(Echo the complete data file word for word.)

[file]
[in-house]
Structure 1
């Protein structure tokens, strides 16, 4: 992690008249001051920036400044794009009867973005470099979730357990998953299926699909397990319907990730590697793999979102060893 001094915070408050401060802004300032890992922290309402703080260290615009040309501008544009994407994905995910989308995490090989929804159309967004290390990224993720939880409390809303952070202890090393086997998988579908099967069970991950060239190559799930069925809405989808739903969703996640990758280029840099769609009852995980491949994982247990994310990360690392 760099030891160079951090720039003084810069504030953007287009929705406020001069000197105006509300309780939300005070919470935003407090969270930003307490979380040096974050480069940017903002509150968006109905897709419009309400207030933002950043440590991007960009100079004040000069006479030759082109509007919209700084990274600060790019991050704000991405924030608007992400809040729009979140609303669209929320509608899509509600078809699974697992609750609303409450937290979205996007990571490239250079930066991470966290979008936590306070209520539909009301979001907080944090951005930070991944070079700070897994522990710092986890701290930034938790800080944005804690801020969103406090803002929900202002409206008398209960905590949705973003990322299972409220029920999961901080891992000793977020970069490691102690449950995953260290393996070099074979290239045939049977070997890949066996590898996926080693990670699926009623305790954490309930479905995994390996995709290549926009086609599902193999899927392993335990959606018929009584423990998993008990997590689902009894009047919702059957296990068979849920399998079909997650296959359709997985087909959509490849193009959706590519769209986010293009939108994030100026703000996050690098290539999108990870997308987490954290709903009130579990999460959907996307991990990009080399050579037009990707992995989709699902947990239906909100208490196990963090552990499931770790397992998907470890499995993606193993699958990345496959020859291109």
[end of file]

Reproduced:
[in-house]
Structure 1
């Protein structure tokens, strides 16, 4: 992690008249001051920036400044794009009867973005470099979730357990998953299926699909397990319907990730590697793999979102060893 001094915070408050401060802004300032890992922290309402703080260290615009040309501008544009994407994905995910989308995490090989929804159309967004290390990224993720939880409390809303952070202890090393086997998988579908099967069970991950060239190559799930069925809405989808739903969703996640990758280029840099769609009852995980491949994982247990994310990360690392 760099030891160079951090720039003084810069504030953007287009929705406020001069000197105006509300309780939300005070919470935003407090969270930003307490979380040096974050480069940017903002509150968006109905897709419009309400207030933002950043440590991007960009100079004040000069006479030759082109509007919209700084990274600060790019991050704000991405924030608007992400809040729009979140609303669209929320509608899509509600078809699974697992609750609303409450937290979205996007990571490239250079930066991470966290979008936590306070209520539909009301979001907080944090951005930070991944070079700070897994522990710092986890701290930034938790800080944005804690801020969103406090803002929900202002409206008398209960905590949705973003990322299972409220029920999961901080891992000793977020970069490691102690449950995953260290393996070099074979290239045939049977070997890949066996590898996926080693990670699926009623305790954490309930479905995994390996995709290549926009086609599902193999899927392993335990959606018929009584423990998993008990997590689902009894009047919702059957296990068979849920399998079909997650296959359709997985087909959509490849193009959706590519769209986010293009939108994030100026703000996050690098290539999108990870997308987490954290709903009130579990999460959907996307991990990009080399050579037009990707992995989709699902947990239906909100208490196990963090552990499931770790397992998907470890499995993606193993699958990345496959020859291109």